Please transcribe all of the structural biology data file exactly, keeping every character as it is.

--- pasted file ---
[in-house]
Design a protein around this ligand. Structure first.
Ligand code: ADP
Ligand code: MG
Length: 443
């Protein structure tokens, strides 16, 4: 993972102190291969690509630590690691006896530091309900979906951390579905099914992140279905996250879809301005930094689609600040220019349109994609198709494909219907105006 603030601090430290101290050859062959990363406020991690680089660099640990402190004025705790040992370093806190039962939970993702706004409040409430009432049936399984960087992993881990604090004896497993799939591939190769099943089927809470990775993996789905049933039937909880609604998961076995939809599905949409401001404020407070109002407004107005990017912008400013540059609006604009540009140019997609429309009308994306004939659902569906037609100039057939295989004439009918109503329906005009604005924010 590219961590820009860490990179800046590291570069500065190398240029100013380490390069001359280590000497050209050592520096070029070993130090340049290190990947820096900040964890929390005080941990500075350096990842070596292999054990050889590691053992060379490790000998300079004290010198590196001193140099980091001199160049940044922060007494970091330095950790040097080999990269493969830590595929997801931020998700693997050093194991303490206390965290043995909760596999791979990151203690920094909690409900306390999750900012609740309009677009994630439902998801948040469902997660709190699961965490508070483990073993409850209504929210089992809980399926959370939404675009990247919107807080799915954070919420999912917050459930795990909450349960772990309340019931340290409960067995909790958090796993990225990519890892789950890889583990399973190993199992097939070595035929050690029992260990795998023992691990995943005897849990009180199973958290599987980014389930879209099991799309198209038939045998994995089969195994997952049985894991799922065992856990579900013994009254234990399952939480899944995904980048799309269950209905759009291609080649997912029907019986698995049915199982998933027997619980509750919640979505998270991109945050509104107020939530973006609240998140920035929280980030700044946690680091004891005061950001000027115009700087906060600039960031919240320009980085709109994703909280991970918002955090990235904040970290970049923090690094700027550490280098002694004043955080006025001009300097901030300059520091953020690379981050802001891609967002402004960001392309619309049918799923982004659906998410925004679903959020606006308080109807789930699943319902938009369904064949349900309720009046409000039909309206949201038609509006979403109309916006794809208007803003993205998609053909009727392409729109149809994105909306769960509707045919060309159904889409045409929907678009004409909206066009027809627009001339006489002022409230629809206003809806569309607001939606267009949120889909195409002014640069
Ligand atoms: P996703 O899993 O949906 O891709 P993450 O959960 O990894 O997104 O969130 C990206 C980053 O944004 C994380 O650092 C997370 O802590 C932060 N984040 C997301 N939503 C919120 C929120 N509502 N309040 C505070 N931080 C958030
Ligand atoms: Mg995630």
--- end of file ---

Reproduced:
[in-house]
Design a protein around this ligand. Structure first.
Ligand code: ADP
Ligand code: MG
Length: 443
């Protein structure tokens, strides 16, 4: 993972102190291969690509630590690691006896530091309900979906951390579905099914992140279905996250879809301005930094689609600040220019349109994609198709494909219907105006 603030601090430290101290050859062959990363406020991690680089660099640990402190004025705790040992370093806190039962939970993702706004409040409430009432049936399984960087992993881990604090004896497993799939591939190769099943089927809470990775993996789905049933039937909880609604998961076995939809599905949409401001404020407070109002407004107005990017912008400013540059609006604009540009140019997609429309009308994306004939659902569906037609100039057939295989004439009918109503329906005009604005924010 590219961590820009860490990179800046590291570069500065190398240029100013380490390069001359280590000497050209050592520096070029070993130090340049290190990947820096900040964890929390005080941990500075350096990842070596292999054990050889590691053992060379490790000998300079004290010198590196001193140099980091001199160049940044922060007494970091330095950790040097080999990269493969830590595929997801931020998700693997050093194991303490206390965290043995909760596999791979990151203690920094909690409900306390999750900012609740309009677009994630439902998801948040469902997660709190699961965490508070483990073993409850209504929210089992809980399926959370939404675009990247919107807080799915954070919420999912917050459930795990909450349960772990309340019931340290409960067995909790958090796993990225990519890892789950890889583990399973190993199992097939070595035929050690029992260990795998023992691990995943005897849990009180199973958290599987980014389930879209099991799309198209038939045998994995089969195994997952049985894991799922065992856990579900013994009254234990399952939480899944995904980048799309269950209905759009291609080649997912029907019986698995049915199982998933027997619980509750919640979505998270991109945050509104107020939530973006609240998140920035929280980030700044946690680091004891005061950001000027115009700087906060600039960031919240320009980085709109994703909280991970918002955090990235904040970290970049923090690094700027550490280098002694004043955080006025001009300097901030300059520091953020690379981050802001891609967002402004960001392309619309049918799923982004659906998410925004679903959020606006308080109807789930699943319902938009369904064949349900309720009046409000039909309206949201038609509006979403109309916006794809208007803003993205998609053909009727392409729109149809994105909306769960509707045919060309159904889409045409929907678009004409909206066009027809627009001339006489002022409230629809206003809806569309607001939606267009949120889909195409002014640069
Ligand atoms: P996703 O899993 O949906 O891709 P993450 O959960 O990894 O997104 O969130 C990206 C980053 O944004 C994380 O650092 C997370 O802590 C932060 N984040 C997301 N939503 C919120 C929120 N509502 N309040 C505070 N931080 C958030
Ligand atoms: Mg995630």